For the past few weeks I have been captivated by the images of retaliation and revolution in Egypt. Interestingly, however, I found myself not only interested in the stories being reported but with the reporters themselves. Two female reporters in particular made a strong impact on me, Shahira Amin and Christiane Amanpour. While they made themselves known to the public over the past few weeks for different reasons, they are both wonderful examples for Egyptian women in particular but also for women around the world. For such prominent women to make publicly bold statements for everyone to see is a display of female power in Egypt that I hope the revolution continues to encourage.
Just days after the commencement of the uprisings in Egypt Shahira Amin resigned from her position as a senior anchor and deputy head of Nile TV, one of Egypt’s state run TV stations. As the protests picked up momentum Mubarak’s regime released strict guidelines to news channels and newspapers outlining what they could and could not say about the protests and the government. Reporters were mandated “not to cross the red line” by downplaying the revolution and making up lies about the protestors’ purpose (CNN). Given these restrictions, Amin felt that she could no longer do the job she had done for so many years and refused to promote the propaganda of the Mubarak regime. Amin’s resignation and very public refusal to obey Mubarak’s orders fostered strength in protesters and led the way for many other reporters.
Coincidentally, the same day that Shahira Amin resigned from Nile TV several other reporters were beaten by Pro-Mubarak thugs including Christiane Amanpour (Examiner). From the very beginning Christiane Amanpour was on the ground reporting from the middle of it all in Egypt. Not only was she covering the action at the riots but she captured the few coveted interviews that Egyptian leaders were willing to give. There was very little comment from Egyptian leaders but when they decided to speak, they wanted Amanpour. Amanpour held the first publicly broadcasted, exclusive interviews with President Mubarak and Vice President Omar Suleiman. The fact that a female reporter was chosen for this job speaks volumes not only to the respect people have for Amanpour’s journalistic work but also to the confidence the public has in a woman. Now we must wait to see who becomes Egypt’s new leader. If the past few weeks are indicative of the future, we could see a woman filling that void. OK maybe that’s a reach, I mean the US hasn’t even been able to do that! Regardless, I think we are just beginning to hear the voices of many influential women.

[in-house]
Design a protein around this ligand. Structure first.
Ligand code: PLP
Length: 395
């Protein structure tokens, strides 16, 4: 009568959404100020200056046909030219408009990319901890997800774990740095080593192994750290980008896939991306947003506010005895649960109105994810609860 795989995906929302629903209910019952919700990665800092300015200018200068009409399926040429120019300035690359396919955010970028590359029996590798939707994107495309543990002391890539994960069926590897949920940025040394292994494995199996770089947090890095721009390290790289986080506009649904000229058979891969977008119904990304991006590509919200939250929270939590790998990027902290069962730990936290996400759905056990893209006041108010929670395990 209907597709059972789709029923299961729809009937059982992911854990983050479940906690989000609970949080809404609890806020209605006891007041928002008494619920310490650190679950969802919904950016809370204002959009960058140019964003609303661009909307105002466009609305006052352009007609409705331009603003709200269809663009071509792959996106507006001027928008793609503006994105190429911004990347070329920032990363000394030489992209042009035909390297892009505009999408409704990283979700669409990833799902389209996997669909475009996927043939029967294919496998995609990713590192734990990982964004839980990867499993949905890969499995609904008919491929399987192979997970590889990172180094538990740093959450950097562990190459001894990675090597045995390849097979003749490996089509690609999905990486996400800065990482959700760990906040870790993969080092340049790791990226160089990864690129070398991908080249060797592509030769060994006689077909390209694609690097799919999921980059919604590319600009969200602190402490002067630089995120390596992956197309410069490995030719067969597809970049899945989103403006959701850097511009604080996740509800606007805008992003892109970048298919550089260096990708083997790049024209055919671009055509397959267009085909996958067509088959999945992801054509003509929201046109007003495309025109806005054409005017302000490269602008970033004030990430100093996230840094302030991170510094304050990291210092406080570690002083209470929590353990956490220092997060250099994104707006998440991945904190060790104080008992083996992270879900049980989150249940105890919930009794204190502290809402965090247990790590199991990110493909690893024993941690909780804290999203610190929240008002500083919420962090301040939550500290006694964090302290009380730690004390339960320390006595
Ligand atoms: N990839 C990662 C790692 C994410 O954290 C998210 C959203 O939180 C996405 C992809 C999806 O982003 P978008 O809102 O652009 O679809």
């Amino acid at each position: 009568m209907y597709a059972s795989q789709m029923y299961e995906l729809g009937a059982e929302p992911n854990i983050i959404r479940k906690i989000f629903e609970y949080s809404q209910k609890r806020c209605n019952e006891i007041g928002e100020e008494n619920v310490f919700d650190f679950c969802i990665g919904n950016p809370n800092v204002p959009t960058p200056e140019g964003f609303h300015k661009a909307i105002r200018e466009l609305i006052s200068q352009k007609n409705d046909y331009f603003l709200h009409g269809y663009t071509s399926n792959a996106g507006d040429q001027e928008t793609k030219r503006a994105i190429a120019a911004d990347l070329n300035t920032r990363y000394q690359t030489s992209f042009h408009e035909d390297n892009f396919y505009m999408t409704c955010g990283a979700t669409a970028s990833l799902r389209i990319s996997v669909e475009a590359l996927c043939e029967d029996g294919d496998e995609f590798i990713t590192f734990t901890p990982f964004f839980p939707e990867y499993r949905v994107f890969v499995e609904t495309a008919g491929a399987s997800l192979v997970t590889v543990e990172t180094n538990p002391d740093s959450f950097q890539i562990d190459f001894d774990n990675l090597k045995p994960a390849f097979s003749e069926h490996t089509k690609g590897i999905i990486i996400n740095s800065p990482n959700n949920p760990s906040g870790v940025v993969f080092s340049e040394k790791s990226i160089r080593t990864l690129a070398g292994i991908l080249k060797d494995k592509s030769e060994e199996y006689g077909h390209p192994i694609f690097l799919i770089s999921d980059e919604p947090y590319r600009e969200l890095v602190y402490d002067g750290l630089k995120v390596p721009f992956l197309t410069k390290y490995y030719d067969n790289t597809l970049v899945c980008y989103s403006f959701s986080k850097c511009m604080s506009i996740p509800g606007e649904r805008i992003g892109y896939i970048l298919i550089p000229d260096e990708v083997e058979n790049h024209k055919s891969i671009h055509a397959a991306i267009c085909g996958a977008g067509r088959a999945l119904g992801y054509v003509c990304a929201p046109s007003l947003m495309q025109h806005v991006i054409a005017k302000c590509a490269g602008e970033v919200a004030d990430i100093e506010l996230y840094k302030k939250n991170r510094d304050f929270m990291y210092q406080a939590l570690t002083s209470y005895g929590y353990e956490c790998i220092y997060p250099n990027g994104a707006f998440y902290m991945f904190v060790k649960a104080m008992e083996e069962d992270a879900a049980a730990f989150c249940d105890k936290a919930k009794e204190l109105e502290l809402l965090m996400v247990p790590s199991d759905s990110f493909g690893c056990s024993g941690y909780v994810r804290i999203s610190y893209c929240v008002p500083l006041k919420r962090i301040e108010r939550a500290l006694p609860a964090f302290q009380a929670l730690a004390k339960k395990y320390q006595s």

Sex. Abortion. Parenthood. Power.
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